My youngest covered the wall around my clock in the livingroom with white abstract paper birds. I say abstract because the only birdlike feature they possess is their fluttering wings.
I did not ask him why he felt the need to create a family of birds, nor why he hung them on the wall. We teased him about cleaning up paper poop, but we left it alone because Sam is Sam and and I'm afraid if we question the magic, it won't work anymore. It would be like reducing the oranges and reds and maroons of sunset to chemical reactions, gases and humidity levels. His gentleness, his concern with small things will come to an end all too soon.
He is the child who collected acorns on a nature hike last fall, named them and gave them voices. Some went swimming in puddles, other flew, most came home in his pockets. His older brother tells me a few are still hiding in one of his drawers.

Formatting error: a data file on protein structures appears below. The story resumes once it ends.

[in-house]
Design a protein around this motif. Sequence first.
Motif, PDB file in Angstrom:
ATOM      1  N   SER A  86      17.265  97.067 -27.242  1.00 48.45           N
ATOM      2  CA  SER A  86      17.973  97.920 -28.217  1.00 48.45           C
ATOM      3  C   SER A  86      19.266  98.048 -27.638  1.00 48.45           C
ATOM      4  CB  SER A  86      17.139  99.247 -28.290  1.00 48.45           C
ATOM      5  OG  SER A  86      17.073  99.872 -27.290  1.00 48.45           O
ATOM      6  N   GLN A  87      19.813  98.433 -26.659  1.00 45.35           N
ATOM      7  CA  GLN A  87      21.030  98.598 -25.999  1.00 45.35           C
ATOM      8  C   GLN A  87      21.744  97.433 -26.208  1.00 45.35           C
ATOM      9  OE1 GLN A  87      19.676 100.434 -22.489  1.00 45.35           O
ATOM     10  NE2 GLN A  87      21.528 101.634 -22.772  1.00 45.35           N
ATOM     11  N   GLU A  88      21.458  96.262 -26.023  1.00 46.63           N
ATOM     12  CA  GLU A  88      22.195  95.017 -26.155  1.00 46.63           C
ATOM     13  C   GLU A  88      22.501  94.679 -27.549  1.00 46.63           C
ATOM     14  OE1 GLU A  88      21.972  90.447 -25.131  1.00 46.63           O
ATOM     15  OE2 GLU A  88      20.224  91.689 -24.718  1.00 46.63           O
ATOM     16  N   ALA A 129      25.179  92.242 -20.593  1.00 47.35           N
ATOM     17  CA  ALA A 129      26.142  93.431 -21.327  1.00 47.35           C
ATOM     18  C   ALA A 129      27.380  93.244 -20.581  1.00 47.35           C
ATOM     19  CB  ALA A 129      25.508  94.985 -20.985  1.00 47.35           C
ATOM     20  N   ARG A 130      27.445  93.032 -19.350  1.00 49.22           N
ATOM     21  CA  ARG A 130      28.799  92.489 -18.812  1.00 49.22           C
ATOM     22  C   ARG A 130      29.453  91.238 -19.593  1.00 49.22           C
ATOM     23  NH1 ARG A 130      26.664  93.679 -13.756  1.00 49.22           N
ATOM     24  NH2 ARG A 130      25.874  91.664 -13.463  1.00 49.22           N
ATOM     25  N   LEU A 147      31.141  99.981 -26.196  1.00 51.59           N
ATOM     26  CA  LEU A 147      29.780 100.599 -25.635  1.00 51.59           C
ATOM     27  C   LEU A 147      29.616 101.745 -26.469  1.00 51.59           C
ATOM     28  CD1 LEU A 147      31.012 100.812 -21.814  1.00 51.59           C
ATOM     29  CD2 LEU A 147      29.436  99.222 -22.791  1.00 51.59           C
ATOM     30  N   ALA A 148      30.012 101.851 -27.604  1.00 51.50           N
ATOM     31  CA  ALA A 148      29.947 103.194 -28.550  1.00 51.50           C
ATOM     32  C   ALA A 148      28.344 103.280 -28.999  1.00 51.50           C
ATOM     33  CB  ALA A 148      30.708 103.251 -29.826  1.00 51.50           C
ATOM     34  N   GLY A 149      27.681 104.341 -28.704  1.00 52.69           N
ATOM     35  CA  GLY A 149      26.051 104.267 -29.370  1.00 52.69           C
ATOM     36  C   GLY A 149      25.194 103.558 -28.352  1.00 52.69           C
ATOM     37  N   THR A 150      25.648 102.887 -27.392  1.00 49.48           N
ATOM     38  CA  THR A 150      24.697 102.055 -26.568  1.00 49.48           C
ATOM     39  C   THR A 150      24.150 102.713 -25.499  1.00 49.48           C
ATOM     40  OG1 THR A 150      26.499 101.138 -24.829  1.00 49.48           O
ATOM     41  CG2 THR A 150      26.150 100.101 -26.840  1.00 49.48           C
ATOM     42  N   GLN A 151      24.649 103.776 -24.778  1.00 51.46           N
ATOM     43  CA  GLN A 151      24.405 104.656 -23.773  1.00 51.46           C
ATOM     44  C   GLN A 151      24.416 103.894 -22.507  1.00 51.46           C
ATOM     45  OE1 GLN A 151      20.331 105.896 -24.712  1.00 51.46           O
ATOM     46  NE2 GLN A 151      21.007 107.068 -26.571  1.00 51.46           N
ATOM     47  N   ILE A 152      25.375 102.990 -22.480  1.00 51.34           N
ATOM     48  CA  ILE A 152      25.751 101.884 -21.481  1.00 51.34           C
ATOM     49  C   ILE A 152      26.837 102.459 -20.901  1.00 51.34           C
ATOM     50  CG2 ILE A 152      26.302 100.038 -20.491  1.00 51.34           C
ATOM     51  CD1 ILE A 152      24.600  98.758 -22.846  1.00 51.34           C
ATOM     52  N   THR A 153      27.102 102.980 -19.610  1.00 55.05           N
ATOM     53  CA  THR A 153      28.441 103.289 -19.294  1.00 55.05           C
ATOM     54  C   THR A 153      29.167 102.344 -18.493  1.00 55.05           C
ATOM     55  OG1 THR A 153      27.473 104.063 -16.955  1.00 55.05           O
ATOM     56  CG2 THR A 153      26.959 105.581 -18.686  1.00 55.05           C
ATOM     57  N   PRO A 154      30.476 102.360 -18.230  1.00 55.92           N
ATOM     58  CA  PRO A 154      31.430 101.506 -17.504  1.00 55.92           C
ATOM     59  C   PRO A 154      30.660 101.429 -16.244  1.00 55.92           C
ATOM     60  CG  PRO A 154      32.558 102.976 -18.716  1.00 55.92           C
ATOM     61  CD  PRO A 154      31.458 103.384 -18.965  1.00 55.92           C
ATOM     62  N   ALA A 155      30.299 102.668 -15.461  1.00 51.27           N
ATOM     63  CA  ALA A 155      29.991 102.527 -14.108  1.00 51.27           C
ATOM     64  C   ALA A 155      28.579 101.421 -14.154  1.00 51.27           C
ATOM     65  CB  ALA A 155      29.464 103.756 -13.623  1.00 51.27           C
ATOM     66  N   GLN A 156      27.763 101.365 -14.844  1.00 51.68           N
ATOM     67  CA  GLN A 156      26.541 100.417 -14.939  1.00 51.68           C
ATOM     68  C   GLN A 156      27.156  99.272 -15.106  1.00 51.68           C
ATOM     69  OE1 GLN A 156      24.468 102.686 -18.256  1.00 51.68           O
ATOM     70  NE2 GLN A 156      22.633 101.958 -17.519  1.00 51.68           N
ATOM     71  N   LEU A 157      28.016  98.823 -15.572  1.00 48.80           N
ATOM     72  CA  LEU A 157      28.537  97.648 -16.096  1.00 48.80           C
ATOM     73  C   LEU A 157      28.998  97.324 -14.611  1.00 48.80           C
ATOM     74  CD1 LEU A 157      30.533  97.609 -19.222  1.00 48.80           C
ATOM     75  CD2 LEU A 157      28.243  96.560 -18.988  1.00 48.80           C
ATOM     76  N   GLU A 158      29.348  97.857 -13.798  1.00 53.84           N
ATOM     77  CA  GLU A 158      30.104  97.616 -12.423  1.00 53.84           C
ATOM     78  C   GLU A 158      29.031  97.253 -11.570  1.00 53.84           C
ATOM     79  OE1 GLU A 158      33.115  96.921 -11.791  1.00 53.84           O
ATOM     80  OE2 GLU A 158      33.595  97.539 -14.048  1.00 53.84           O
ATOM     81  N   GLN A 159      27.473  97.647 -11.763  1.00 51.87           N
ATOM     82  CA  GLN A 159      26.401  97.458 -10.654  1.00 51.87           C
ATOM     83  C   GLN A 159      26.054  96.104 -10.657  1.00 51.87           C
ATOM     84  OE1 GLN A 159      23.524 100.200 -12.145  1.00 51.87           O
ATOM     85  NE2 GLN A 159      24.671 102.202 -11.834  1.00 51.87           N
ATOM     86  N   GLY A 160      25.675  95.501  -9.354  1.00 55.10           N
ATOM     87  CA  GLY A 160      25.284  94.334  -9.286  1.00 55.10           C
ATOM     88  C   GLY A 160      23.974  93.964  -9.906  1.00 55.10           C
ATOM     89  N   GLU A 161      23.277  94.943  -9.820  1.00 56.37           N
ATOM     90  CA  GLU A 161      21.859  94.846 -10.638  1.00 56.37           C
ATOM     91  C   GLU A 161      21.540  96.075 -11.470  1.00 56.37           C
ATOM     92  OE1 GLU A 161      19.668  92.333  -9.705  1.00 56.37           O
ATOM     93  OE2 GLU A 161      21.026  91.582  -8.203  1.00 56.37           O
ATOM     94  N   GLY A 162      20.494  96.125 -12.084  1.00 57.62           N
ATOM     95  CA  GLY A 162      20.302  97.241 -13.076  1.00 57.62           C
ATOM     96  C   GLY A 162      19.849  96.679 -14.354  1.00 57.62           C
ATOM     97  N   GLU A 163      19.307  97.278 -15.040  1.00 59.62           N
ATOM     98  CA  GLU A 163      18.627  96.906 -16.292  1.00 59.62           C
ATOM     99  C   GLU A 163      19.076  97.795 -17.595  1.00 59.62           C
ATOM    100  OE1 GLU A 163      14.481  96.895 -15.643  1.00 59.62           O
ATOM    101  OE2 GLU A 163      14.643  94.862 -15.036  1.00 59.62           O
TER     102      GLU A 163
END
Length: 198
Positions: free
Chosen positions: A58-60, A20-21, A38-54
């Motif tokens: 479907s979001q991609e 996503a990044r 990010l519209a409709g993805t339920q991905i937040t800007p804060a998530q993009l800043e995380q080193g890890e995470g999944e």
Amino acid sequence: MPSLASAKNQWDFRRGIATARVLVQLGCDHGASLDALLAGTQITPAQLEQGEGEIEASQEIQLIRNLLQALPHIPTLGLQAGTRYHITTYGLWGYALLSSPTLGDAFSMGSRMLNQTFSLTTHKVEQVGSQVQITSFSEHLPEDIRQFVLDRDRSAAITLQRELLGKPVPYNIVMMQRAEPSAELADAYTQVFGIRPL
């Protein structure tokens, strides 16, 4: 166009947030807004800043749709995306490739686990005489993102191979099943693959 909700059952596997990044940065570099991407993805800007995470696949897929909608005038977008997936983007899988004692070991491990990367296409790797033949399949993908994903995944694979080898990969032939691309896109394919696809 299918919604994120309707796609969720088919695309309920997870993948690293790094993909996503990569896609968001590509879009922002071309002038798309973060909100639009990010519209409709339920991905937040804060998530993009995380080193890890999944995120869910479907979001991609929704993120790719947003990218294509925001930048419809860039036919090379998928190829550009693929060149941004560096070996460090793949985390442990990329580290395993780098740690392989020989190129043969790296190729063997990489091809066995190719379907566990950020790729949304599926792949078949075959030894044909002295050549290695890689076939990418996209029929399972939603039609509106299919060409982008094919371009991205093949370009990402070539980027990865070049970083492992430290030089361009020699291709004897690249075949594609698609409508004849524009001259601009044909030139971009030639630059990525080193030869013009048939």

When a flock of leaves blew into my office through an open door last October, he caught me sweeping them up and dropping them into the trash. I caught him fishing them out later. They should be released to live with the other leaves, he said.
Tonight he grew concerned about a male Black Widow (they are not poisonous: the females are) in the hall and asked me to put it outside. "Are you afraid of him?" I asked. "Well. No. I don't like spiders, but I don't want the dogs to step on him." His older brother put the lucky spider outside.
This all makes sense to me. When I was a child, I rescued the battered, dying butterflies I found on sidewalks and in streets and placed them in bushes or in the tall grass. Dying in the open where they, these most beautiful of God's insects, would be smashed beyond recognition didn't seem fair.
Sam wants to be a doctor or fireman or writer when he grows up. I think it's all within his reach.